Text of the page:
It's the choice of the new, post-liberalisation generation. Always on the lookout for a new high, new ways to cope with the sameness and ennui of modern existence, India's jetsetting young have found salvation in the new party drug, Ecstasy, or E as it is referred to among the hip. Goa, Bombay and now Delhi are where it's happening the most.
That E is for the elite, for at Rs 1,200 a pill, it remains a rich man's trip. No wonder it is called a 'designer drug'. And with derivatives like Pink Champagne, which make for a 'better' trip, the cost can shoot up to Rs 2,000. With the high lasting for four hours, users often consume more than one pill a night. Of course, prices vary since Ecstasy is smuggled into the country and supply can be erratic. In Mumbai, where availability is better than in Delhi, one can even trip up on Rs 1,000 on a good day. As Dr Yusuf Merchant, who heads Drug Abuse Rehabilitation and Information Centre in Mumbai, notes, "Ecstasy is getting increasingly popular among richer students."
The synthetic drug's popularity owes much to the trip it the trip it induces. Says Dr Achal Bhagat, a psychiatrist at Delhi's Apollo Hospitals, who dealt with many E-related cases while working in England: "It has been branded a fun thing. There is a lot of world-of-mouth publicity that it's a good party drug. In the UK, it has almost become what cannabis was for the '60s generation."
Elite India, it would seem, wouldn't mind a piece of the plastic nirvana. Says a Delhi fashion designer: "It is disgustingly common these days. Ecstasy is becoming easily available and it definitely happens in a lot of private parties."
Ecstasy's usp is simple: it gives you loads of energy. Recalls banker Aneesh Singh, 28, who tried the drug out of curiosity: "It took about half-an-hour before it had any effect. I thought I had been duped and had been given an aspirin instead. But once it hit I just could not stop dancing."
That is Ecstasy's tell-tale sign; an E user just can't stand still. Besides, while on a trip, a user becomes unusually happy, exuberant, affectionate and, well, ecstatic. Says Aneesh's cousin, Anil, about his first Ecstasy experience: "Your body just keeps doing its own thing. One girl who was a total stranger kept licking my face. My body kept getting all entangled but I just couldn't sit, I had to keep dancing."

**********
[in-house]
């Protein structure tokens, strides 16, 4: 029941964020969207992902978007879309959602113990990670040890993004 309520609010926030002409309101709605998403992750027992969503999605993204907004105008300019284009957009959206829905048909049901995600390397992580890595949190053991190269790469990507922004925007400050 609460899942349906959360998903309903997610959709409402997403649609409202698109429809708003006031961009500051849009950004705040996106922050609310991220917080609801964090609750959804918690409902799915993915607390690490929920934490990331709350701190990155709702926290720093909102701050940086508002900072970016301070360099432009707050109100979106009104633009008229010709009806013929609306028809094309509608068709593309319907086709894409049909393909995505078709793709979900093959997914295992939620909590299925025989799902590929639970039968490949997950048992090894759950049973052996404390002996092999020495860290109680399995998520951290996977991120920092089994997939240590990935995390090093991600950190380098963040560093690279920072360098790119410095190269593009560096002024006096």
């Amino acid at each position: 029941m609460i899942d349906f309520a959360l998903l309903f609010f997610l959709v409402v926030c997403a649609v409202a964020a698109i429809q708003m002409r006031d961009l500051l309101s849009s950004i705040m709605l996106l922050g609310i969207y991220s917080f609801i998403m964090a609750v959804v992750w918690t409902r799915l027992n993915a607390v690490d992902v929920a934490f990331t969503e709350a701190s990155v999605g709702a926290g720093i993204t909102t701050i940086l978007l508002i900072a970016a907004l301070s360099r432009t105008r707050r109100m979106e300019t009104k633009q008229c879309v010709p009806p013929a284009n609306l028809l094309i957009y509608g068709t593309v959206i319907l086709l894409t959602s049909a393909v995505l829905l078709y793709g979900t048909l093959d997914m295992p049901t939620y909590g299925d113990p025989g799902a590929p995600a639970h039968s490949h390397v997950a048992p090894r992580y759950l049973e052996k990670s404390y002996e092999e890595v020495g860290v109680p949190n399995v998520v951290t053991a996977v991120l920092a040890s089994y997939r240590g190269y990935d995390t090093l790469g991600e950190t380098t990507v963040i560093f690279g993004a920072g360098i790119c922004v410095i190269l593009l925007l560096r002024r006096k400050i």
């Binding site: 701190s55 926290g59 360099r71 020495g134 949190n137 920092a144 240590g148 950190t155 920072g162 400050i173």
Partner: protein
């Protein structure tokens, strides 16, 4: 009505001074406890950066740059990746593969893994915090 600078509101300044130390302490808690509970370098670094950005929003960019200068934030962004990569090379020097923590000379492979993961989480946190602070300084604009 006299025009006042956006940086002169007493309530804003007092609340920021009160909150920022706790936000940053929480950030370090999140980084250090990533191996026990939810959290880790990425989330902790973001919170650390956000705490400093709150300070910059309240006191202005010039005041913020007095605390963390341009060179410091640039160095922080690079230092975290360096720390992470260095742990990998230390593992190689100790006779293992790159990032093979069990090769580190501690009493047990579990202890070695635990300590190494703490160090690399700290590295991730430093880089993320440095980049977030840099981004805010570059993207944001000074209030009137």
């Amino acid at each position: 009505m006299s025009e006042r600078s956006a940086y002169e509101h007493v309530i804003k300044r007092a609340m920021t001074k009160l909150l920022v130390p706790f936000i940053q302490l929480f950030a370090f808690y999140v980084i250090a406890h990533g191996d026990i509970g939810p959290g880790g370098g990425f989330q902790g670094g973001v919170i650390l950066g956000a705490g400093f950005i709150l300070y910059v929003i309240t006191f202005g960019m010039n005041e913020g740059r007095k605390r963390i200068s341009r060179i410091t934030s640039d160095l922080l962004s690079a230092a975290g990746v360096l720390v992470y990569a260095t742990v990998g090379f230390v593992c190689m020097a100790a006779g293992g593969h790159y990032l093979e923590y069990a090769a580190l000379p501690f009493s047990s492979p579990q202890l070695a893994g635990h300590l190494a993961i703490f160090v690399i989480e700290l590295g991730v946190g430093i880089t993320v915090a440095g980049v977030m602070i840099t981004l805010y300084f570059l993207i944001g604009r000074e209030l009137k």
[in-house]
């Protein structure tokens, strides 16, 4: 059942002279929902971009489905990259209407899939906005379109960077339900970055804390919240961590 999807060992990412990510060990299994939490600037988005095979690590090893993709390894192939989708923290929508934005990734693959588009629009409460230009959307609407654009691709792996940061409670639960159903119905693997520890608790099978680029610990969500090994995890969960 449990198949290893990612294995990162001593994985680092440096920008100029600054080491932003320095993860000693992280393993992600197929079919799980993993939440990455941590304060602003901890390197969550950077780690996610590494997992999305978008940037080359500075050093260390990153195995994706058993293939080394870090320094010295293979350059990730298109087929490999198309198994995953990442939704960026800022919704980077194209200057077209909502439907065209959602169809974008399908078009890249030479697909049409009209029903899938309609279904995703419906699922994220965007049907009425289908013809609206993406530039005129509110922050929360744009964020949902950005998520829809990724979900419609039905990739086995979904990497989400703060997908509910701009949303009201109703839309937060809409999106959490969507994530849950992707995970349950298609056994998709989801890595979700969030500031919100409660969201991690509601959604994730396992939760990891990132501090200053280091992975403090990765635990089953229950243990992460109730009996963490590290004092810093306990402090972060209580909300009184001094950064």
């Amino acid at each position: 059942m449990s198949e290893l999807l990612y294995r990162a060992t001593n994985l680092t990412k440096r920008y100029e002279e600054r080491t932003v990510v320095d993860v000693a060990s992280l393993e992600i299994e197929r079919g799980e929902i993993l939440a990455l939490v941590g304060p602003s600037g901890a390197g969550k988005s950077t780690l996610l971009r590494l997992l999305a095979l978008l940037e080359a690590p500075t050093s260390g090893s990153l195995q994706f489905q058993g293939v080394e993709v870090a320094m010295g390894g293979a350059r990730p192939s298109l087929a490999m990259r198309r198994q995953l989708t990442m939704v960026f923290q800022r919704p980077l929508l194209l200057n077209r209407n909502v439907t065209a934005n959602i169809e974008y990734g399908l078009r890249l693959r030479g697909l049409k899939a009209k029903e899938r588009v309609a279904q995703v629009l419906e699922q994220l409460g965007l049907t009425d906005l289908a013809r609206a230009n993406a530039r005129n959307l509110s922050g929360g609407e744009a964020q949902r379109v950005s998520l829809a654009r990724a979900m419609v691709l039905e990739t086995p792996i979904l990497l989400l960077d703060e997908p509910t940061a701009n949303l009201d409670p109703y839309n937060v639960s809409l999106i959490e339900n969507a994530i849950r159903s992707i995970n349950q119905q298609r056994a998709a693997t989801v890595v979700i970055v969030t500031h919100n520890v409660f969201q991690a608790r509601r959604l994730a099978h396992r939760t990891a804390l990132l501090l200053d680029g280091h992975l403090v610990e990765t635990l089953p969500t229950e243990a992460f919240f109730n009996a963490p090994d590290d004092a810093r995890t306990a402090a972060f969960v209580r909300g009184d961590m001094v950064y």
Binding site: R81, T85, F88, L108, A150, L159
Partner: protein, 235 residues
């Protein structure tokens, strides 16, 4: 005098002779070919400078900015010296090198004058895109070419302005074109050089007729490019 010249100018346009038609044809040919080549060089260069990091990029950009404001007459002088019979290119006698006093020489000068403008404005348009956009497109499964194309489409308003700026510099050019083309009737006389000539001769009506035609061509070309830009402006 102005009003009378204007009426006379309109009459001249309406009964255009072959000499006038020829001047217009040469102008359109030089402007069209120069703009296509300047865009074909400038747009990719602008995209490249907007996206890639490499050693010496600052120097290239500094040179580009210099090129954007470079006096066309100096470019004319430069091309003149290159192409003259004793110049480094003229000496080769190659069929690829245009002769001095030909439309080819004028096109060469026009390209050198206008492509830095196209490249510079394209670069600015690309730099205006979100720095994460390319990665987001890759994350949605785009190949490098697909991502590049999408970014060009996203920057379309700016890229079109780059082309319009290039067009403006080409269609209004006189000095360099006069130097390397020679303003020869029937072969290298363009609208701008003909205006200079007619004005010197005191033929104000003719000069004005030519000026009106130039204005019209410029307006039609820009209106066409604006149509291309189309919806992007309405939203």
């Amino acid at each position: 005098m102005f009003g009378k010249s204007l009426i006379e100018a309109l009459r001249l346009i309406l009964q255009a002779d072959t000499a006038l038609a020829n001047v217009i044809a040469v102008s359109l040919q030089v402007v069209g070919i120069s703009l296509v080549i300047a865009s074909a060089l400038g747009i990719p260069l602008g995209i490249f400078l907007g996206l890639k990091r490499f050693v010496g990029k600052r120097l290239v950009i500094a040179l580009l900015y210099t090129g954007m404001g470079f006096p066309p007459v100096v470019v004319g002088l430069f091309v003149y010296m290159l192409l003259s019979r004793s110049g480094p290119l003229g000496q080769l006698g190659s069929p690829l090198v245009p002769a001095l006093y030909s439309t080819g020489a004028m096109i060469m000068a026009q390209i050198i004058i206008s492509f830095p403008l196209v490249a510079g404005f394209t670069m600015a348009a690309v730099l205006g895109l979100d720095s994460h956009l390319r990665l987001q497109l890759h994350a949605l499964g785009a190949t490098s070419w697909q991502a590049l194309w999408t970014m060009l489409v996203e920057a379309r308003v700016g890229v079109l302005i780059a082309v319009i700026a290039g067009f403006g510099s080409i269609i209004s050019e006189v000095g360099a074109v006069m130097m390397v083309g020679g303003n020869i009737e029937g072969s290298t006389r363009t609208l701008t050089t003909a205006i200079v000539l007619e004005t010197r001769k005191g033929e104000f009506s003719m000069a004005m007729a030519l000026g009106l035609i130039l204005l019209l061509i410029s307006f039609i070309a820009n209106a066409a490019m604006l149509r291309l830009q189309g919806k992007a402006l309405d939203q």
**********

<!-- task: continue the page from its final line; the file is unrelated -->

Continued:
This uncharacteristic energy level and sociability sets Ecstasy apart and helps it score over other drugs. Everyone has a 'good' E trip, which is not influenced by the mood of the user as happens with other drugs, including grass or hash. Says Anita Bajaj, a student: "It is so safe. With acid the trip can be really bad; you can start hallucinating all sorts of things or you may feel completely depressed. Plus, E is not addictive. It's the feeling the trip gives you that is addictive."
This perhaps accounts for Ecstasy's growing popularity. No mean achievement, for trends in the drug business don't change as fast as they do in most consumer products. India sees a new drug gaining popularity probably once every 10 years. Acid (LSD), mandrax and heroin have all ruled for a decade despite concerted campaigns high-lighting their side-effects.
Ecstasy has been around for ages, but became popular only in the '80s in England. Like acid and cocaine before it, Ecstasy's popularity is intertwined with prevalent trends in music. Techno, trance, jungle, ambient and house are all genres of dancefloor music which are helping fuel the demand for Ecstasy.
The connection is simple. The staccato techno beat, for instance, is much too fast for the average person to keep pace with. Enter Ecstasy, which lends an almost demonic energy to the user, fostering the illusion that he could dance non-stop. It makes it easy to be in sync with the beat, which earlier seemed too fast. Hence, Ecstasy's widespread use at parties and nightclubs, the only essentials being loud music and lots of people.
The chemical compound of the drug is 3,4-methylenedioxymethamphetamine (MDMA) which The Handbook of Clinical Psychiatry by Kaplan and Sadock describes as "extremely addictive and dangerous". Ecstasy has a "powerful anorectic effect" as it kills appetite. Besides, the drug attaches itself to serotonergic receptors (cells which respond to messages carried b a biochemical called serotonin) in the brain. When some mice were subjected to the drug in an Oxford lab, cells carrying these receptors were destroyed. The upshot of this cell damage is a pronounced lack of body-mind coordination.
Bhagat also warns that prolonged use of the drug often leads to a host of psychiatric illnesses like paranoia, restlessness, a feeling of persecution and at times even suicidal tendencies. Ecstasy abuse can also result in staggered thought and memory disturbances.